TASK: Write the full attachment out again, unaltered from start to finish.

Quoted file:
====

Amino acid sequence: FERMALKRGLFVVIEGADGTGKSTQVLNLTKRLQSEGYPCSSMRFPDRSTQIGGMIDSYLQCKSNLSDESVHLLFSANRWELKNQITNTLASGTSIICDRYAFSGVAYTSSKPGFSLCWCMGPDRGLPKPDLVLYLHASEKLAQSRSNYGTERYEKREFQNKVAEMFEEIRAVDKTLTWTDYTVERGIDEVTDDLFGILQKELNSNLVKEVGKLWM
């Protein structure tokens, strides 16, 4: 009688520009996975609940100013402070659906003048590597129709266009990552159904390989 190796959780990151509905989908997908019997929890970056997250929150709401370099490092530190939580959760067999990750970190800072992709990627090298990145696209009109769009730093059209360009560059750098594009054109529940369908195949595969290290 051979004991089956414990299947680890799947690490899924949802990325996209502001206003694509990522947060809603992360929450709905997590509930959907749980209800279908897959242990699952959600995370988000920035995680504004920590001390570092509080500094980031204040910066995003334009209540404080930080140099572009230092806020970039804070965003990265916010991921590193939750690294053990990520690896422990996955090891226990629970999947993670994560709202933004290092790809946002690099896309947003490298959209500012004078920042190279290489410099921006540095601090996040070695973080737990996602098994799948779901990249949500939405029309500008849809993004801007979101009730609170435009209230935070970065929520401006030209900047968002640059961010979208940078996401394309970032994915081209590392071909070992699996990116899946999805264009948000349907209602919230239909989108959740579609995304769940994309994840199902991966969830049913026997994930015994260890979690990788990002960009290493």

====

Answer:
Amino acid sequence: FERMALKRGLFVVIEGADGTGKSTQVLNLTKRLQSEGYPCSSMRFPDRSTQIGGMIDSYLQCKSNLSDESVHLLFSANRWELKNQITNTLASGTSIICDRYAFSGVAYTSSKPGFSLCWCMGPDRGLPKPDLVLYLHASEKLAQSRSNYGTERYEKREFQNKVAEMFEEIRAVDKTLTWTDYTVERGIDEVTDDLFGILQKELNSNLVKEVGKLWM
């Protein structure tokens, strides 16, 4: 009688520009996975609940100013402070659906003048590597129709266009990552159904390989 190796959780990151509905989908997908019997929890970056997250929150709401370099490092530190939580959760067999990750970190800072992709990627090298990145696209009109769009730093059209360009560059750098594009054109529940369908195949595969290290 051979004991089956414990299947680890799947690490899924949802990325996209502001206003694509990522947060809603992360929450709905997590509930959907749980209800279908897959242990699952959600995370988000920035995680504004920590001390570092509080500094980031204040910066995003334009209540404080930080140099572009230092806020970039804070965003990265916010991921590193939750690294053990990520690896422990996955090891226990629970999947993670994560709202933004290092790809946002690099896309947003490298959209500012004078920042190279290489410099921006540095601090996040070695973080737990996602098994799948779901990249949500939405029309500008849809993004801007979101009730609170435009209230935070970065929520401006030209900047968002640059961010979208940078996401394309970032994915081209590392071909070992699996990116899946999805264009948000349907209602919230239909989108959740579609995304769940994309994840199902991966969830049913026997994930015994260890979690990788990002960009290493």